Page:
Volume 38 Issue 2 June 2017 Article ID 0031 Review Article
V. Bhalerao D. Bhattacharya A. Vibhute P. Pawar A. R. Rao M. K. Hingar Rakesh Khanna A. P. K. Kutty J. P. Malkar M. H. Patil Y. K. Arora S. Sinha P. Priya Essy Samuel S. Sreekumar P. Vinod N. P. S. Mithun S. V. Vadawale N. Vagshette K. H. Navalgund K. S. Sarma R. Pandiyan S. Seetha K. Subbarao
The Cadmium Zinc Telluride Imager (CZTI) is a high energy, wide-field imaging instrument on AstroSat. CZTI’s namesake Cadmium Zinc Telluride detectors cover an energy range from 20 keV to >200 keV, with 11% energy resolution at 60 keV. The coded aperture mask attains an angular resolution of 17′ over a 4.6∘× 4.6∘ (FWHM) field-of-view. CZTI functions as an open detector above 100 keV, continuously sensitive to GRBs and other transients in about 30% of the sky. The pixellated detectors are sensitive to polarization above ∼100 keV, with exciting possibilities for polarization studies of transients and bright persistent sources. In this paper, we provide details of the complete CZTI instrument, detectors, coded aperture mask, mechanical and electronic configuration, as well as data and products.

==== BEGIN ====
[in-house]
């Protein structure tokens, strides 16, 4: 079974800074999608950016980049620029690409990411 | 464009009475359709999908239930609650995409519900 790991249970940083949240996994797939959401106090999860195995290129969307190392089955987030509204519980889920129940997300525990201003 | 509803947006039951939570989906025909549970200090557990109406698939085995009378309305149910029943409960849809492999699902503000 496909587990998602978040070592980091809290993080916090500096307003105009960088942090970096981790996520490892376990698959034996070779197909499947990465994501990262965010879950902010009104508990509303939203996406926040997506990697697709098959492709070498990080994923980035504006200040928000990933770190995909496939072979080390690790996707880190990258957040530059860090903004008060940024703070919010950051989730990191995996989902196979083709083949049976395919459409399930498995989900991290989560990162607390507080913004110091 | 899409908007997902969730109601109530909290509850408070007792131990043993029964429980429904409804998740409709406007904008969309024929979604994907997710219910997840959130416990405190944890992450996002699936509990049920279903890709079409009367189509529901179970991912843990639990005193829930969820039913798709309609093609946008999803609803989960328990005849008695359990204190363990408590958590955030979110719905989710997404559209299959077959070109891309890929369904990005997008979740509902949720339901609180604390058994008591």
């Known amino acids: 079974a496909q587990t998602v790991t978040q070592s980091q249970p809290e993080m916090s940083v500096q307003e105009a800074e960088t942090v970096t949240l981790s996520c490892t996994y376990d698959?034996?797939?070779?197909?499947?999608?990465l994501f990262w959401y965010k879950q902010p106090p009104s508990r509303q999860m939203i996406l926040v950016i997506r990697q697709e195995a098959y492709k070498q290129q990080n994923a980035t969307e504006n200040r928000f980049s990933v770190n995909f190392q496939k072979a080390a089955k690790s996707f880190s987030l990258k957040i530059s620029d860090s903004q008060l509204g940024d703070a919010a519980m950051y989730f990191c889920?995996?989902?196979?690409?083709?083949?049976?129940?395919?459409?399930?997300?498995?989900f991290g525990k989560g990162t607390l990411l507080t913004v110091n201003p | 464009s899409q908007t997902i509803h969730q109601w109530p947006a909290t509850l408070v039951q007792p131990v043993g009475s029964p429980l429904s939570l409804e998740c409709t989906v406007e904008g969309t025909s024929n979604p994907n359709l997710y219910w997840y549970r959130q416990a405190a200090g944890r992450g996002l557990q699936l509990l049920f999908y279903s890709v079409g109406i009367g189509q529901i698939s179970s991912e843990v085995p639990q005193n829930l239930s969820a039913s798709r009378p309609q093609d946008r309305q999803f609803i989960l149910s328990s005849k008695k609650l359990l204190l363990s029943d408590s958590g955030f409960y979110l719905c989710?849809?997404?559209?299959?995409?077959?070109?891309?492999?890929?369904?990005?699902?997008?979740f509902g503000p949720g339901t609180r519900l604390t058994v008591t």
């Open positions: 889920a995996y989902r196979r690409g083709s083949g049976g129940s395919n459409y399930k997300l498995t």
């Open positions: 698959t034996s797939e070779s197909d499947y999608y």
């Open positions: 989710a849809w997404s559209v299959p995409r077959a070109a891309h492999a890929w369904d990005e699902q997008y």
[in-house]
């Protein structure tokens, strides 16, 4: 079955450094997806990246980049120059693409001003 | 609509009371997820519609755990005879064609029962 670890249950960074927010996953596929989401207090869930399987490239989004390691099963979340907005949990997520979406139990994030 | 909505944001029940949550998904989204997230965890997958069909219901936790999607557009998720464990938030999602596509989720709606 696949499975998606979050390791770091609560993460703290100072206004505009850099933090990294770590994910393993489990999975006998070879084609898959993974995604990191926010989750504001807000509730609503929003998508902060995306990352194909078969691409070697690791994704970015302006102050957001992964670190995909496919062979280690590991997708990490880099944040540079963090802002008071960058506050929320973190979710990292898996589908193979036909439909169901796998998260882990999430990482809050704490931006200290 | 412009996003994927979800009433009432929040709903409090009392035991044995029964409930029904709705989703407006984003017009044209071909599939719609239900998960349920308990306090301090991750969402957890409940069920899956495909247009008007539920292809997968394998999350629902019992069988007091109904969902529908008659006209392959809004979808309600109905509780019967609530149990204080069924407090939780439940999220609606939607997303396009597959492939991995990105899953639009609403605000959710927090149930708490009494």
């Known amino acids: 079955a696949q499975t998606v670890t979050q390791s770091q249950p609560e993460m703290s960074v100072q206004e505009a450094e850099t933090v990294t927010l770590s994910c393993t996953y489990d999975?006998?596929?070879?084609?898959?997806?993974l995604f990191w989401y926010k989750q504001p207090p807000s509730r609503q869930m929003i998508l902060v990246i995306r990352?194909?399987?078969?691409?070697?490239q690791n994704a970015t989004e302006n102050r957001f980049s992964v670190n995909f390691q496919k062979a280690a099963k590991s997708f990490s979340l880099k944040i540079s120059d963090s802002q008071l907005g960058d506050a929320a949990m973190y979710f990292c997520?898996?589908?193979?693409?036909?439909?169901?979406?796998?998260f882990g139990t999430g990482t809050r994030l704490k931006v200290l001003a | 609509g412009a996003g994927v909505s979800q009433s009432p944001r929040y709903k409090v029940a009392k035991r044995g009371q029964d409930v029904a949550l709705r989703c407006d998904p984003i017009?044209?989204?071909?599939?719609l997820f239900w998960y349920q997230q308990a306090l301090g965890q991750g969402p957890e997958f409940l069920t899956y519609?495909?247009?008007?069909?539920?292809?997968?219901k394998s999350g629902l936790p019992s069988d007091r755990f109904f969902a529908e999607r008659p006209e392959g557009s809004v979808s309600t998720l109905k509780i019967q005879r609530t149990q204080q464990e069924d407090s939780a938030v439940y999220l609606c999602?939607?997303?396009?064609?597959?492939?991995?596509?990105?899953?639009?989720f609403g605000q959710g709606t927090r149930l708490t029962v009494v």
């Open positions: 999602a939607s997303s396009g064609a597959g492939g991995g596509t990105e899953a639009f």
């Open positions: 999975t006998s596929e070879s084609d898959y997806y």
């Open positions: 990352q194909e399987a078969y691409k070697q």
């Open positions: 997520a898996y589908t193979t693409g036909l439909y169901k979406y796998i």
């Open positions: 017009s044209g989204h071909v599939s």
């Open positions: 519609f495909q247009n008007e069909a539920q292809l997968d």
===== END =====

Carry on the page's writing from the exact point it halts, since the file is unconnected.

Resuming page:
Volume 38 Issue 2 June 2017 Article ID 0033 Review Article
A. R. Rao M. H. Patil Yash Bhargava Rakesh Khanna M. K. Hingar A. P. K. Kutty J. P. Malkar Rupal Basak S. Sreekumar Essy Samuel P. Priya P. Vinod D. Bhattacharya V. Bhalerao S. V. Vadawale N. P. S. Mithun R. Pandiyan K. Subbarao S. Seetha K. Suryanarayana Sarma
Charged Particle Monitor (CPM) on-board the Astrosat satellite is an instrument designed to detect the flux of charged particles at the satellite location. A Cesium Iodide Thallium (CsI(Tl)) crystal is used with a Kapton window to detect protons with energies greater than 1 MeV. The ground calibration of CPM was done using gamma-rays from radioactive sources and protons from particle accelerators. Based on the ground calibration results, energy deposition above 1 MeV are accepted and particle counts are recorded. It is found that CPM counts are steady and the signal for the onset and exit of South Atlantic Anomaly (SAA) region are generated in a very reliable and stable manner.
Volume 38 Issue 2 June 2017 Article ID 0035 Review Article